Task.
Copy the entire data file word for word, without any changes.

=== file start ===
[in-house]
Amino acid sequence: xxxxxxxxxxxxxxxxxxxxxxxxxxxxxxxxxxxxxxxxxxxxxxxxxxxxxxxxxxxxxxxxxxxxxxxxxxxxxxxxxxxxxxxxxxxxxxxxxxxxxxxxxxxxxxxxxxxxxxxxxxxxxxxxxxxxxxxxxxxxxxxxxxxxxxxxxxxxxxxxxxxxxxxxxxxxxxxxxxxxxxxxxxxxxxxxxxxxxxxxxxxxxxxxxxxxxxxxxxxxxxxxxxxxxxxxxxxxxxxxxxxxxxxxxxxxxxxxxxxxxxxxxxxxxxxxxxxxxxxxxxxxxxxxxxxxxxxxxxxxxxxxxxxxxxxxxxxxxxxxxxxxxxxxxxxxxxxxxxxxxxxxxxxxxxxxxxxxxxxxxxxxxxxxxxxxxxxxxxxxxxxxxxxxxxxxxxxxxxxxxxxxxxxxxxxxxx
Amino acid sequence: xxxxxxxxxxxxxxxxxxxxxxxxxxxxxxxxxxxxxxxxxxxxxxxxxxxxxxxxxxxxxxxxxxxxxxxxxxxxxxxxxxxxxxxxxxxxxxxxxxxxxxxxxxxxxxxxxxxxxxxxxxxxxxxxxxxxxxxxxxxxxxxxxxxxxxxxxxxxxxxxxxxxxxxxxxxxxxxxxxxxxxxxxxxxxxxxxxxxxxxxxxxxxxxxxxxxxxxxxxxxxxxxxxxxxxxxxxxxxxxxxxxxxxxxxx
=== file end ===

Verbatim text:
[in-house]
Amino acid sequence: xxxxxxxxxxxxxxxxxxxxxxxxxxxxxxxxxxxxxxxxxxxxxxxxxxxxxxxxxxxxxxxxxxxxxxxxxxxxxxxxxxxxxxxxxxxxxxxxxxxxxxxxxxxxxxxxxxxxxxxxxxxxxxxxxxxxxxxxxxxxxxxxxxxxxxxxxxxxxxxxxxxxxxxxxxxxxxxxxxxxxxxxxxxxxxxxxxxxxxxxxxxxxxxxxxxxxxxxxxxxxxxxxxxxxxxxxxxxxxxxxxxxxxxxxxxxxxxxxxxxxxxxxxxxxxxxxxxxxxxxxxxxxxxxxxxxxxxxxxxxxxxxxxxxxxxxxxxxxxxxxxxxxxxxxxxxxxxxxxxxxxxxxxxxxxxxxxxxxxxxxxxxxxxxxxxxxxxxxxxxxxxxxxxxxxxxxxxxxxxxxxxxxxxxxxxxxx
Amino acid sequence: xxxxxxxxxxxxxxxxxxxxxxxxxxxxxxxxxxxxxxxxxxxxxxxxxxxxxxxxxxxxxxxxxxxxxxxxxxxxxxxxxxxxxxxxxxxxxxxxxxxxxxxxxxxxxxxxxxxxxxxxxxxxxxxxxxxxxxxxxxxxxxxxxxxxxxxxxxxxxxxxxxxxxxxxxxxxxxxxxxxxxxxxxxxxxxxxxxxxxxxxxxxxxxxxxxxxxxxxxxxxxxxxxxxxxxxxxxxxxxxxxxxxxxxxxx